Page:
Sorry, your anecdotal test is no indication that acetone does anything for fuel economy (except maybe drop it). Acetone has been tested as a fuel additive since at least the 1930s, and in every published scientific test for the last seventy to eighty years, acetone has reduced the brake specific horsepower ratings of every engine it's been used in.

Long story short, if the mileage runs you did with acetone in your tank had been run with straight gasoline, you would probably have gotten even better mileage.
 

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What Jason said a while ago. If it worked, it would already be an additive.

It's just like the claims any of any other "mileage booster". Think about it:wouldn't such a 'find' be valuable to a fuel or car company? Look at the dollars flying around lately to increase mileage... such as designing whole new fleets of hybrid cars? (Gee, Chrysler, didn't you know all you had to do was load up on ACETONE?)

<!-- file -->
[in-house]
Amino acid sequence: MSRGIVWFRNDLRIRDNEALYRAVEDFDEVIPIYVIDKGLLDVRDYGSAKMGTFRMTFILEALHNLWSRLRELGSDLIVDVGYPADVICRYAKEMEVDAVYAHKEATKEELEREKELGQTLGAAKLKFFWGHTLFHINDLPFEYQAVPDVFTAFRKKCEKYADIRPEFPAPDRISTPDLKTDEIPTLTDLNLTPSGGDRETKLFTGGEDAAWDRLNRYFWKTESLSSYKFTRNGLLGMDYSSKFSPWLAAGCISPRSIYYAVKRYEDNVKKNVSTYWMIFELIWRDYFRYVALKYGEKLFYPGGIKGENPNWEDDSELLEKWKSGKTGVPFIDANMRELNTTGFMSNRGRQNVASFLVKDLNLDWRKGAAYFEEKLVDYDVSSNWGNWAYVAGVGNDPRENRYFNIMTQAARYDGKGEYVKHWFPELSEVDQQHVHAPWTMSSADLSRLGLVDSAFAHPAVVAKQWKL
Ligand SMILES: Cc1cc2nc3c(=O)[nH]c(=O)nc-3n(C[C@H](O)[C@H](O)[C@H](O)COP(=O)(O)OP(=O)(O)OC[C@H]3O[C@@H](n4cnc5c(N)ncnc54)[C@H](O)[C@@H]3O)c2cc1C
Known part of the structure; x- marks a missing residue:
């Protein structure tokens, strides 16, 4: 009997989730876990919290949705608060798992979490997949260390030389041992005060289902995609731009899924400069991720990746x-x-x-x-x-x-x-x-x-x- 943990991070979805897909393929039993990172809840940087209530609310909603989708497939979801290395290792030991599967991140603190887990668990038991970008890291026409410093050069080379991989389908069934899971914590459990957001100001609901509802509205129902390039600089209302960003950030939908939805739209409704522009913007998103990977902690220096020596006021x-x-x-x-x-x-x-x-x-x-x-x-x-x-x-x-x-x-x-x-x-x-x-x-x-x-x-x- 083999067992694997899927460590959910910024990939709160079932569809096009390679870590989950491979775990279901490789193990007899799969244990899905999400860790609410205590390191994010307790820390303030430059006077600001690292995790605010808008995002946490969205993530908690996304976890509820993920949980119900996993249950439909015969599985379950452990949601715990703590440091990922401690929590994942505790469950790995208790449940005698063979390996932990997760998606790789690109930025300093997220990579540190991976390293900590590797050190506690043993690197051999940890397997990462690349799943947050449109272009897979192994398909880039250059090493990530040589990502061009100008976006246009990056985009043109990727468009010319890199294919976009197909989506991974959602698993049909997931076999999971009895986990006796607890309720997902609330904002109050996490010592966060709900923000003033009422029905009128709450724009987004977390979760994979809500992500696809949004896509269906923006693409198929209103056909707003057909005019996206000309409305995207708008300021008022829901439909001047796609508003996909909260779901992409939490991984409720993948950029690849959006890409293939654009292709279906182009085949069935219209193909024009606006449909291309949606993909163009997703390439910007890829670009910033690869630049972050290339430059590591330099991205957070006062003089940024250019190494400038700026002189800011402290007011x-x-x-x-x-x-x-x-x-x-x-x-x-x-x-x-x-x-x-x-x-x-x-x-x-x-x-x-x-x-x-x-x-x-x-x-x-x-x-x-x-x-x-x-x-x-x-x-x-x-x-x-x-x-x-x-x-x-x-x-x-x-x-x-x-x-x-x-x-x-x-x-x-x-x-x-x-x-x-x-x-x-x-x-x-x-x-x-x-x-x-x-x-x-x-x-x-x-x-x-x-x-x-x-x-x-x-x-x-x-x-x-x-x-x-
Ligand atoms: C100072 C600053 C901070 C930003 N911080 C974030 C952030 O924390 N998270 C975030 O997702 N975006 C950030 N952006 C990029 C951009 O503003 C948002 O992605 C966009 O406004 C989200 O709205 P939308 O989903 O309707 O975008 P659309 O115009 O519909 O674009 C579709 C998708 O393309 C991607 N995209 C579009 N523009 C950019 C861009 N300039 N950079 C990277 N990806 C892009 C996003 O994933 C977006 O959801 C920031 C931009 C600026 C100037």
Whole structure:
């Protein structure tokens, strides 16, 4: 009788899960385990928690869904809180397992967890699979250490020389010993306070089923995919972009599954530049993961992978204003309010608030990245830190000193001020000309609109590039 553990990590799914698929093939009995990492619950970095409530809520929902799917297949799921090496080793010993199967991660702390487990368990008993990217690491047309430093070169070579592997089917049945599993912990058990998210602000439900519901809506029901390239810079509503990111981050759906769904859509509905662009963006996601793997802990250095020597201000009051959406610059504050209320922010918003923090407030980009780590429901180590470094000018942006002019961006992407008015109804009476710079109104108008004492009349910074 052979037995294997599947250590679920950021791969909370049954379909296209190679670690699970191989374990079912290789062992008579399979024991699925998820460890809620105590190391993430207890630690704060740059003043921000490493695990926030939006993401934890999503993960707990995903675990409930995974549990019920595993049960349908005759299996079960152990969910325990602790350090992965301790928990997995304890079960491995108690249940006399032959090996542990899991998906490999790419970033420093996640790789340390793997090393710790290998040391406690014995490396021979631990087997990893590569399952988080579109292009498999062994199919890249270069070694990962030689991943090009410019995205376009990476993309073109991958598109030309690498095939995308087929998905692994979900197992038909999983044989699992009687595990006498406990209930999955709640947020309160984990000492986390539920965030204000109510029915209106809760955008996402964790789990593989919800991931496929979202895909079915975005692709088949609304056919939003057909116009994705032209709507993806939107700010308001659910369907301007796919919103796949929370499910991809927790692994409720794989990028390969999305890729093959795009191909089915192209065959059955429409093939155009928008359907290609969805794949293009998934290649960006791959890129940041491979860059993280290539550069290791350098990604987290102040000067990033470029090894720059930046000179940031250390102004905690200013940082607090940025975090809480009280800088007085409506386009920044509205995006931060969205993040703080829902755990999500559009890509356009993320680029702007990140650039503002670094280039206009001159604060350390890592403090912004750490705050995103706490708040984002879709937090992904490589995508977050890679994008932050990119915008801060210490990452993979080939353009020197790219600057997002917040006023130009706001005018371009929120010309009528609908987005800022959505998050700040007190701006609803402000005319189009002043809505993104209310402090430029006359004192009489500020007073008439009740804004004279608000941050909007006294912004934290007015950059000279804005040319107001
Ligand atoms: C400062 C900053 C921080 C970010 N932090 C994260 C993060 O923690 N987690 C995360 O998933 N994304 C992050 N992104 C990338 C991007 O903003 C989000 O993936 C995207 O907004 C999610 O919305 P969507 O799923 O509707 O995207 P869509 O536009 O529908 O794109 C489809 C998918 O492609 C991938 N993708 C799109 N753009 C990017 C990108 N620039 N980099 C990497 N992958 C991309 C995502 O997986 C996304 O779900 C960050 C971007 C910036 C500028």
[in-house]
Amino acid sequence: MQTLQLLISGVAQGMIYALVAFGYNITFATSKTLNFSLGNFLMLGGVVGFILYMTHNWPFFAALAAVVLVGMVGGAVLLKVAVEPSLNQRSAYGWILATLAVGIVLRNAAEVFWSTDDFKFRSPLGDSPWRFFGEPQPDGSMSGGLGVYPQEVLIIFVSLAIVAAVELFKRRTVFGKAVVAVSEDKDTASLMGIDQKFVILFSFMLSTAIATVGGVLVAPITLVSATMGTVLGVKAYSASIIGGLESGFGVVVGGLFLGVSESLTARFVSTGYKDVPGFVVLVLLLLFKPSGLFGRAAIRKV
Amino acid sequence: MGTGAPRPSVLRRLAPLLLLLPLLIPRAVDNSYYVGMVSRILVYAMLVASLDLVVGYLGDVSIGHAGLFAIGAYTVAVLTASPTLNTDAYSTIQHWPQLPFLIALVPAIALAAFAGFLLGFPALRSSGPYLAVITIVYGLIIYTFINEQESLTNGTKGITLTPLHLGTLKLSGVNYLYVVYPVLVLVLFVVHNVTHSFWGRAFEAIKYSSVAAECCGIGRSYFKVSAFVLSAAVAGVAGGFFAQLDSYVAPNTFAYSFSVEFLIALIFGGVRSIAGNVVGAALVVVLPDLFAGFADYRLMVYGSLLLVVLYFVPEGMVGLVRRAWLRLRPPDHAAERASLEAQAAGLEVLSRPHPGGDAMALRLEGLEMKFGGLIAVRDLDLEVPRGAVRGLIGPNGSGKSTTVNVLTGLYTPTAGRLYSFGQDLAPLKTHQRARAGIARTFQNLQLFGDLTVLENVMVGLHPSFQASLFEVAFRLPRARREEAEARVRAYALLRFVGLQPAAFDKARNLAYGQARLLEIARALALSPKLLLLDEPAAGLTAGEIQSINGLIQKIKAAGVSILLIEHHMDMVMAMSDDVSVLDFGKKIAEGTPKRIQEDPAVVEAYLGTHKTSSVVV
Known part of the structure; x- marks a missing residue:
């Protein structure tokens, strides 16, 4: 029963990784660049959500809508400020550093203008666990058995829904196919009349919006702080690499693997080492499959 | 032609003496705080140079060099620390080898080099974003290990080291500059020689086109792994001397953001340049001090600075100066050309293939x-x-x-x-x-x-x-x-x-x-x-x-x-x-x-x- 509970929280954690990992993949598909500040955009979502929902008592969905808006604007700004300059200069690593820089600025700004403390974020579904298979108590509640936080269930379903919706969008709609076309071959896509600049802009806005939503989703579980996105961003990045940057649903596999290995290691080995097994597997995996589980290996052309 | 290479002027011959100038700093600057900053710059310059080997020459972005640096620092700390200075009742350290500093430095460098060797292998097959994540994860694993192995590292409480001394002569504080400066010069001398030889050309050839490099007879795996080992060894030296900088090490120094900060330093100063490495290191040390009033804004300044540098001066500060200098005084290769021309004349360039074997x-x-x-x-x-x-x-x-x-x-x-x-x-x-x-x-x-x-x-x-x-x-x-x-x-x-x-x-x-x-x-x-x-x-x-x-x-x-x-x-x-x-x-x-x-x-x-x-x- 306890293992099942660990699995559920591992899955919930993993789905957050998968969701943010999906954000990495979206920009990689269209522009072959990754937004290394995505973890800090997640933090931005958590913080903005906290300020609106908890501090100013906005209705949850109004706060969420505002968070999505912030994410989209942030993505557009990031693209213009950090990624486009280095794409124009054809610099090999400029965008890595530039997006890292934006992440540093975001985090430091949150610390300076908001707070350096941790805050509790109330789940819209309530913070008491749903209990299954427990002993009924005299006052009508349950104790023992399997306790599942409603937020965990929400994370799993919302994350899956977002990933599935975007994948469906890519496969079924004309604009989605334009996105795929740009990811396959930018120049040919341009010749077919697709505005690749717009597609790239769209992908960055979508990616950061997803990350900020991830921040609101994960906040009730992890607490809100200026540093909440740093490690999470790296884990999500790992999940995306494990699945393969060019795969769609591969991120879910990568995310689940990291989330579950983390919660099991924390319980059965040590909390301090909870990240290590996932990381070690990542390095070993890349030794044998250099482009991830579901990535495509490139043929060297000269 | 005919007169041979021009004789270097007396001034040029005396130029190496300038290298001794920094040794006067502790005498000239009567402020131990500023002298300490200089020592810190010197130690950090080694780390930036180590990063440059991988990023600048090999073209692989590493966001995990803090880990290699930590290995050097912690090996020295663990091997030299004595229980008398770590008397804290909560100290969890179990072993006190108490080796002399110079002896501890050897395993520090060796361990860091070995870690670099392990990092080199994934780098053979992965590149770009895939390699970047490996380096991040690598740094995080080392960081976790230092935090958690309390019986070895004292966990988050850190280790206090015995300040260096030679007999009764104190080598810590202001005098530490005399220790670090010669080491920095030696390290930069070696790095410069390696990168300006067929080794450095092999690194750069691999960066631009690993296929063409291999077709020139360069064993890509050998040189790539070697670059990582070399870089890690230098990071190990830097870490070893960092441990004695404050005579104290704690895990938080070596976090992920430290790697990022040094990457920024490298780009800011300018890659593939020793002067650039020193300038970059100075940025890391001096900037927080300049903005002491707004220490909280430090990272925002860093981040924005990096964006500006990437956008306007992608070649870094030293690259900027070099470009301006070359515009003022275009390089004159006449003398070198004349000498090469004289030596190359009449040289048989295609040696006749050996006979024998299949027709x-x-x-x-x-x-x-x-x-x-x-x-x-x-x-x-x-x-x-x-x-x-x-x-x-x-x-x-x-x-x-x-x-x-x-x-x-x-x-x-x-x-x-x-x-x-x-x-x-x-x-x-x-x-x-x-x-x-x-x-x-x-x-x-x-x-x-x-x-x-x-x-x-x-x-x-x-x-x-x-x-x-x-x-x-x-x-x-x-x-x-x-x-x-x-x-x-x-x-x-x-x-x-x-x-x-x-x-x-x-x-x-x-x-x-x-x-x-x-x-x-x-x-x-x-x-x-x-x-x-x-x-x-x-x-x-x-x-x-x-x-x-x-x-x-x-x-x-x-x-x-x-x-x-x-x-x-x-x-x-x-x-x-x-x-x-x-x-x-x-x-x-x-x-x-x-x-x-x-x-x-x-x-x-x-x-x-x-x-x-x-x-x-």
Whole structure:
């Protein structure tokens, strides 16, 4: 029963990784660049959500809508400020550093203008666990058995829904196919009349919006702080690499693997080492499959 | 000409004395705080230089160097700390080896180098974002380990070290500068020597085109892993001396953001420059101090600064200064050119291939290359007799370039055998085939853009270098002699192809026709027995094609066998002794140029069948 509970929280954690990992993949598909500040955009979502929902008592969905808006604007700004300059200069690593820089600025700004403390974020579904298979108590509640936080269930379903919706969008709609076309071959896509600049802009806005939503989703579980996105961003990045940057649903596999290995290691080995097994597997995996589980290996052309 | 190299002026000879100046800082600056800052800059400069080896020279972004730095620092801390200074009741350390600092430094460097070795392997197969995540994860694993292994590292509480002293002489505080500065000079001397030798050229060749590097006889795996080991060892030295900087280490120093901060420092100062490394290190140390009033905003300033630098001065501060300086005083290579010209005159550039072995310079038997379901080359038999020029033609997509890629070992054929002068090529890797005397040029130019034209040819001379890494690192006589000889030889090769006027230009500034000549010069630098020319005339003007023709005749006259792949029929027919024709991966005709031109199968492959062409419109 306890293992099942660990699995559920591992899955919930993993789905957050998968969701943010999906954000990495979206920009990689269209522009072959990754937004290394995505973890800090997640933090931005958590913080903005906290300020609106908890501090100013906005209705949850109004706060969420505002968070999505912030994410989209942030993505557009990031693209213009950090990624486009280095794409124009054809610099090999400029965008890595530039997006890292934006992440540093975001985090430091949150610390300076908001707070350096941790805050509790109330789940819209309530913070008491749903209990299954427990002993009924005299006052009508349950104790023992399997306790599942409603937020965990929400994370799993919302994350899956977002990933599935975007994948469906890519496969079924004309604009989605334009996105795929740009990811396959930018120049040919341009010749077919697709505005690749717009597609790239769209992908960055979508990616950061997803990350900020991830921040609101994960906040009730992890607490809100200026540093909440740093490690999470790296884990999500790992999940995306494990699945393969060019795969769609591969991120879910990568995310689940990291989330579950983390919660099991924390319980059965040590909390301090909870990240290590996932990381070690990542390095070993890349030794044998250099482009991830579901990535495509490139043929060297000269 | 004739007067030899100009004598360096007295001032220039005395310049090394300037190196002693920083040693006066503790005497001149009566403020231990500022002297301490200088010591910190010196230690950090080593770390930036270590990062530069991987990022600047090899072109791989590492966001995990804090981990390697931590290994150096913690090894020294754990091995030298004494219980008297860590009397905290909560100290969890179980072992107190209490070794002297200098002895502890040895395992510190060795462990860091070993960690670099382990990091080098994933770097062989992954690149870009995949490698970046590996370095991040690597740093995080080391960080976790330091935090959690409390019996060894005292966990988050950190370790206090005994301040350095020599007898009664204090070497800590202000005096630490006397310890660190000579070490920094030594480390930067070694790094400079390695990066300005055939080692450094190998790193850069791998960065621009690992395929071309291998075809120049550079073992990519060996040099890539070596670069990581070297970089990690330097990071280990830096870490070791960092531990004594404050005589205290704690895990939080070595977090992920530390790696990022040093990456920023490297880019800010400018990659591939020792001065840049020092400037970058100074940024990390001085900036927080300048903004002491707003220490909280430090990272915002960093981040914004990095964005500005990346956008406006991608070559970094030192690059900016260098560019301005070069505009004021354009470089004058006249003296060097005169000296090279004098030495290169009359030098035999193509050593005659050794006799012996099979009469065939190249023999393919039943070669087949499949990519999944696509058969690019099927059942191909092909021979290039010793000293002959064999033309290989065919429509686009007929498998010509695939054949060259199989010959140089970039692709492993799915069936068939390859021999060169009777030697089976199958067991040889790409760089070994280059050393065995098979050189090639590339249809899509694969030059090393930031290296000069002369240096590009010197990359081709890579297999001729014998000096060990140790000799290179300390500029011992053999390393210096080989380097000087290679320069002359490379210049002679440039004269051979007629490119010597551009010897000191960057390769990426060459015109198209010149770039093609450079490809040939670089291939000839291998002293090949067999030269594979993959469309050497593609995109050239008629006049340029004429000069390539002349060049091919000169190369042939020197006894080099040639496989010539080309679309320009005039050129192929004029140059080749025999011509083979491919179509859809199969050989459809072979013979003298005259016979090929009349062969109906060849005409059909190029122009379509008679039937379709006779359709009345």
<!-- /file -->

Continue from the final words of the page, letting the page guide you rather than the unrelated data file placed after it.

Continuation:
And even if it did work in the area of improving mileage, the dark side is apparently reduced life of seals, gaskets, etc. Add up those repairs and see if you would rather have just paid for the "Extra" gasoline.
 

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I tried acitone a decade ago with no results measurable.

I tried it again a year or so ago when I got desperate (10% ethanol hit me for 15% to 25% LOSS in fuel economy)

The acetone worked !! I got almost all my MPG back.

Then it stopped working. Then it worked. They I discovered it was not working at all that I was just getting gas from different stations and it "worked" at the stations that were NOT yet using ethanol.

Once we went all ethanol around here it stopped having any effect IE it never worked. I never saw a loss in economy but any gain was small enough to be ignored as math/fill error margin. Its a pity its so cheap (walmart paint stripper isle)